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Comment: How many in a humanity? (Score 1) 325

by Jonner (#46281315) Attached to: N. Korea Could Face Prosecution For 'Crimes Against Humanity'

I have no doubt that the North Korean government is repressive, murderous and generally not nice guys. However, whenever someone uses the phrase "crime against humanity," I wonder exactly how many humans are in a humanity. Do the Russian and Chinese governments manage to come in just under the limit, while North Korea goes over? That seems extremely unlikely, given the relative populations of those countries. Maybe it's defined by a fraction: a government can repress up to half of its citizens and just be seen as somewhat evil, but 51% becomes a crime against humanity?

Comment: Re:License? (Score 1) 50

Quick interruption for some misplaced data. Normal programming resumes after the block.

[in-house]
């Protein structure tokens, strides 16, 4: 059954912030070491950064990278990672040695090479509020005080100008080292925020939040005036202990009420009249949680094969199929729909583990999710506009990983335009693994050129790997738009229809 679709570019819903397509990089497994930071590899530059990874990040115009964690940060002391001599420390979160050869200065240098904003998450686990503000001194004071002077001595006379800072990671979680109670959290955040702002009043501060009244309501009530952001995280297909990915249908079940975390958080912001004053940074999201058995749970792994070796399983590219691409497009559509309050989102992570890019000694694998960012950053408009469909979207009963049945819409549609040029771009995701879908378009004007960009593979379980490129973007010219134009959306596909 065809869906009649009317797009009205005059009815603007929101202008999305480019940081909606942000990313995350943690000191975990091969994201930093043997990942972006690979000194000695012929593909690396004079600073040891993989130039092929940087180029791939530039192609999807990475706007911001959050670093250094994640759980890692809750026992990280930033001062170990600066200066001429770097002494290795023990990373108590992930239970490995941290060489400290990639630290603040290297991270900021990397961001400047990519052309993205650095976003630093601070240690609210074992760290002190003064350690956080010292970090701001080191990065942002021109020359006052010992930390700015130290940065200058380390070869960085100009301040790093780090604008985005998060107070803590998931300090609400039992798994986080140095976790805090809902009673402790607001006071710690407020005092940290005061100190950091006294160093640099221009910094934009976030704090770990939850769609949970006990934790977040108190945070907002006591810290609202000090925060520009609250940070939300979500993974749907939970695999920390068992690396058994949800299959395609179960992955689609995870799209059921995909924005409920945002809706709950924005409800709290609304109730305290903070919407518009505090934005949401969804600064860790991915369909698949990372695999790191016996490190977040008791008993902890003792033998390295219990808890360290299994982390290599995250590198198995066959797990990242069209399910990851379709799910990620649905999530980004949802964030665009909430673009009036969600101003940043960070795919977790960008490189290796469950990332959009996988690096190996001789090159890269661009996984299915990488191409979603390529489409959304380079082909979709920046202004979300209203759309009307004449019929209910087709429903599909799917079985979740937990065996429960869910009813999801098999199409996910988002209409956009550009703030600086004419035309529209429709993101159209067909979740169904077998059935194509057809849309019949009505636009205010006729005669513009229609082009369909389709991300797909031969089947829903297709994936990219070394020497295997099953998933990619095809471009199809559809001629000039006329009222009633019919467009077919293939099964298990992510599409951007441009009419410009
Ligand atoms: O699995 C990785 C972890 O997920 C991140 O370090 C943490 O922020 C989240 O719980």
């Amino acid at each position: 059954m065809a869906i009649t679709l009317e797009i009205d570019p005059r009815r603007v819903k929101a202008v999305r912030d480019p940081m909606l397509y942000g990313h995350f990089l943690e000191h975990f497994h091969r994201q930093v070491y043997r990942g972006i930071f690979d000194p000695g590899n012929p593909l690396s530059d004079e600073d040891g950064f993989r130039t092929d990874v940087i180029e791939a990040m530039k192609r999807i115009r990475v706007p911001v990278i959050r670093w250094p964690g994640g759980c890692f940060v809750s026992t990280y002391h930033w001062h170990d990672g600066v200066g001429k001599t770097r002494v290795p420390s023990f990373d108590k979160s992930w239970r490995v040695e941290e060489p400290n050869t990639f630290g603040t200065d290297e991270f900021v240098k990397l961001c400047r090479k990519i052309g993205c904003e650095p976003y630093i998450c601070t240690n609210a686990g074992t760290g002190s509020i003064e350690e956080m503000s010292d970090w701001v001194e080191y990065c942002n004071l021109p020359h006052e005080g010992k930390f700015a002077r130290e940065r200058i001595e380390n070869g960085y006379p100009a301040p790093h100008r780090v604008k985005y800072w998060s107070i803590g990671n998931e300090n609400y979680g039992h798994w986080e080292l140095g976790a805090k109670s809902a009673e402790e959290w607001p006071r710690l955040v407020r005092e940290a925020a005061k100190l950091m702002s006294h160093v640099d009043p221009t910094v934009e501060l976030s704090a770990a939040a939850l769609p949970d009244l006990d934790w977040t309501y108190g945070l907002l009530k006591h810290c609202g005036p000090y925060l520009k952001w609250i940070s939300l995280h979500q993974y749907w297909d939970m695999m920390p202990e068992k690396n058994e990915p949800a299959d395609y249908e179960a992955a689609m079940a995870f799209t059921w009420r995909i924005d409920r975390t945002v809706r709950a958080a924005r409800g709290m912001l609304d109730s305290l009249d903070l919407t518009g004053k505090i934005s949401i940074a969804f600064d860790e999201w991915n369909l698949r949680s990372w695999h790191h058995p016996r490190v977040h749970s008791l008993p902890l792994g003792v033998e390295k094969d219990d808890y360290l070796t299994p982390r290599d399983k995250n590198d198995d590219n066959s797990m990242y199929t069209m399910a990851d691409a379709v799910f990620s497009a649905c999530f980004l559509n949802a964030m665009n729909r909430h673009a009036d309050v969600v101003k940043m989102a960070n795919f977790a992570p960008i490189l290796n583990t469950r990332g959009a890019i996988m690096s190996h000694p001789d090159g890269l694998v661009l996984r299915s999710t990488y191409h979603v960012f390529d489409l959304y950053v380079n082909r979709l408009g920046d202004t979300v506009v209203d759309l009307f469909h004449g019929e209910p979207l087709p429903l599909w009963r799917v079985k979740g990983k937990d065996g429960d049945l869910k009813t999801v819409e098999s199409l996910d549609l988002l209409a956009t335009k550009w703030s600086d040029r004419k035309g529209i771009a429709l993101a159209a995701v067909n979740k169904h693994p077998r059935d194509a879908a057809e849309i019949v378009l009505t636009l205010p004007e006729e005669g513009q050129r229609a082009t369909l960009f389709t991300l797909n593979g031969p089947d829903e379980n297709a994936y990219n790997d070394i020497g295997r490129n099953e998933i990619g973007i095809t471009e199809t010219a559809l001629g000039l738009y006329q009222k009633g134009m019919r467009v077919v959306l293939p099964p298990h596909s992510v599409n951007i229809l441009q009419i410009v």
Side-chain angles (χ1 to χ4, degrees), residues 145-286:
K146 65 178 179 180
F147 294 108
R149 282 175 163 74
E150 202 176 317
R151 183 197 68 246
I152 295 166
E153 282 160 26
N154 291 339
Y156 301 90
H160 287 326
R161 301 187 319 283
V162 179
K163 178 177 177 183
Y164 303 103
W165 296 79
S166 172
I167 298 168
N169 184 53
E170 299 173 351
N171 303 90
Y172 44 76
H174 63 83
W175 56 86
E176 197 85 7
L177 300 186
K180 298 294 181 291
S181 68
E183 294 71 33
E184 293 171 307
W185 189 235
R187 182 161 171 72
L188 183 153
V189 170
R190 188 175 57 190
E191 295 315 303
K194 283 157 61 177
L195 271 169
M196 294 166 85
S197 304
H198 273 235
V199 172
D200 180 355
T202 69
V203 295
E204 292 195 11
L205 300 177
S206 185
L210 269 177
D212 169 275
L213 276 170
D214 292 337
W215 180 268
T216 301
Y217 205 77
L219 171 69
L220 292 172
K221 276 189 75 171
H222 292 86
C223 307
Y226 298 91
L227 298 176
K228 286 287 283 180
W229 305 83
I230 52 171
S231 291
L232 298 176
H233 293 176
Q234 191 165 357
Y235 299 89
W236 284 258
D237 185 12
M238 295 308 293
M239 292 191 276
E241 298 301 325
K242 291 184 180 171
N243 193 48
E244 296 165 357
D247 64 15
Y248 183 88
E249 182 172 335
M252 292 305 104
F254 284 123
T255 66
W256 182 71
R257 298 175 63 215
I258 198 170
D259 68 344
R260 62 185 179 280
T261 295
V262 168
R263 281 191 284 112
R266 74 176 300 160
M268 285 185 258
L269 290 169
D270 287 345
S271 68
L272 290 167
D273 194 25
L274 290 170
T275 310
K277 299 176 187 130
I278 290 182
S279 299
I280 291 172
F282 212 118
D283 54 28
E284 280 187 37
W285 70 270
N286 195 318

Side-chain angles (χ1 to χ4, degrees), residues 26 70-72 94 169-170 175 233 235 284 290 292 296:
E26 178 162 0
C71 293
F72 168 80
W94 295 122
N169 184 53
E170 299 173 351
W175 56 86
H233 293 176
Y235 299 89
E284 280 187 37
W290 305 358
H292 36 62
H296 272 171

by Jonner (#46096979) Attached to: How Role-Playing Games Arrived In Japan With Black Onyx

"Rogers went on to license Tetris to Nintendo, though, so he did just fine." That's the most interesting part of the story - how the best video game product of communism got sidelined into the capitalist computer paradigm.

That's a very odd way to put it. Most of us would never have heard of Tetris if it hadn't been "sidelined." It's not as if the Soviets were exporting copies of Tetris all over the world to support the global struggle against oppressive capitalism. Also, the use of the word "best" implies there was some competition. Can you name any other "video game product of communism?"

Comment: Re:Pardon (Score 1) 822

by Jonner (#46088183) Attached to: Ask Slashdot: What Does Edward Snowden Deserve?

I partly agree. I think he should be charged, convicted, then pardoned. Snowden should be charged and convicted because what he did should not be generally legal. He should be pardoned because he broke the law out of necessity, doing a great service to every citizen. I think the trial would be very informative. We would learn things like why the "official channels" Snowden didn't use wouldn't have produced the necessary result.